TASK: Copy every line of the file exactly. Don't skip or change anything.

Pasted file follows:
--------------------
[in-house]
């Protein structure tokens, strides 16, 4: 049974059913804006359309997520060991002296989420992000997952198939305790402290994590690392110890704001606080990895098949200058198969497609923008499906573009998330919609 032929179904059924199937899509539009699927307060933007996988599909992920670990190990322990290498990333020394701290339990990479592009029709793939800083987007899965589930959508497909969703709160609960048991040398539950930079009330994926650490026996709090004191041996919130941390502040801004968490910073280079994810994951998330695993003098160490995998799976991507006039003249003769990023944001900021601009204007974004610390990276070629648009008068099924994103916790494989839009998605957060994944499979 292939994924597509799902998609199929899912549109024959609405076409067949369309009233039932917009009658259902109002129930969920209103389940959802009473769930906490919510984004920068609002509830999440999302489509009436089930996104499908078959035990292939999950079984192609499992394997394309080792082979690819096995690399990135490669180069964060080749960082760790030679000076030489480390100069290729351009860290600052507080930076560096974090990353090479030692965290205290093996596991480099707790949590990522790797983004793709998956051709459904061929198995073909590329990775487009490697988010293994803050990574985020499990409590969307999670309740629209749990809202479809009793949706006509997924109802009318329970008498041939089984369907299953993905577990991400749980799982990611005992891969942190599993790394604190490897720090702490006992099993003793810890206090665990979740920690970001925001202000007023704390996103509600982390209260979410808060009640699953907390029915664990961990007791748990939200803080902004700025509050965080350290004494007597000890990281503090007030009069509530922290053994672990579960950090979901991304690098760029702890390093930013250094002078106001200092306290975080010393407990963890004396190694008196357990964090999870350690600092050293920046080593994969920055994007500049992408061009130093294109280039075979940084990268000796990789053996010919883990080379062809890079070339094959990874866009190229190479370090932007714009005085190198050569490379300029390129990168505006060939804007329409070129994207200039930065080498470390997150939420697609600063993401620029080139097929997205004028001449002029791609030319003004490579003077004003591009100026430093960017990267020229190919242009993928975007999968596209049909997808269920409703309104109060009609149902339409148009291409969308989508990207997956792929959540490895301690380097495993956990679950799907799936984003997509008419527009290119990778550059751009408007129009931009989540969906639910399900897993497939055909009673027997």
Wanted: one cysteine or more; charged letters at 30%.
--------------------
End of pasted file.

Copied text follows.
[in-house]
């Protein structure tokens, strides 16, 4: 049974059913804006359309997520060991002296989420992000997952198939305790402290994590690392110890704001606080990895098949200058198969497609923008499906573009998330919609 032929179904059924199937899509539009699927307060933007996988599909992920670990190990322990290498990333020394701290339990990479592009029709793939800083987007899965589930959508497909969703709160609960048991040398539950930079009330994926650490026996709090004191041996919130941390502040801004968490910073280079994810994951998330695993003098160490995998799976991507006039003249003769990023944001900021601009204007974004610390990276070629648009008068099924994103916790494989839009998605957060994944499979 292939994924597509799902998609199929899912549109024959609405076409067949369309009233039932917009009658259902109002129930969920209103389940959802009473769930906490919510984004920068609002509830999440999302489509009436089930996104499908078959035990292939999950079984192609499992394997394309080792082979690819096995690399990135490669180069964060080749960082760790030679000076030489480390100069290729351009860290600052507080930076560096974090990353090479030692965290205290093996596991480099707790949590990522790797983004793709998956051709459904061929198995073909590329990775487009490697988010293994803050990574985020499990409590969307999670309740629209749990809202479809009793949706006509997924109802009318329970008498041939089984369907299953993905577990991400749980799982990611005992891969942190599993790394604190490897720090702490006992099993003793810890206090665990979740920690970001925001202000007023704390996103509600982390209260979410808060009640699953907390029915664990961990007791748990939200803080902004700025509050965080350290004494007597000890990281503090007030009069509530922290053994672990579960950090979901991304690098760029702890390093930013250094002078106001200092306290975080010393407990963890004396190694008196357990964090999870350690600092050293920046080593994969920055994007500049992408061009130093294109280039075979940084990268000796990789053996010919883990080379062809890079070339094959990874866009190229190479370090932007714009005085190198050569490379300029390129990168505006060939804007329409070129994207200039930065080498470390997150939420697609600063993401620029080139097929997205004028001449002029791609030319003004490579003077004003591009100026430093960017990267020229190919242009993928975007999968596209049909997808269920409703309104109060009609149902339409148009291409969308989508990207997956792929959540490895301690380097495993956990679950799907799936984003997509008419527009290119990778550059751009408007129009931009989540969906639910399900897993497939055909009673027997």
Wanted: one cysteine or more; charged letters at 30%.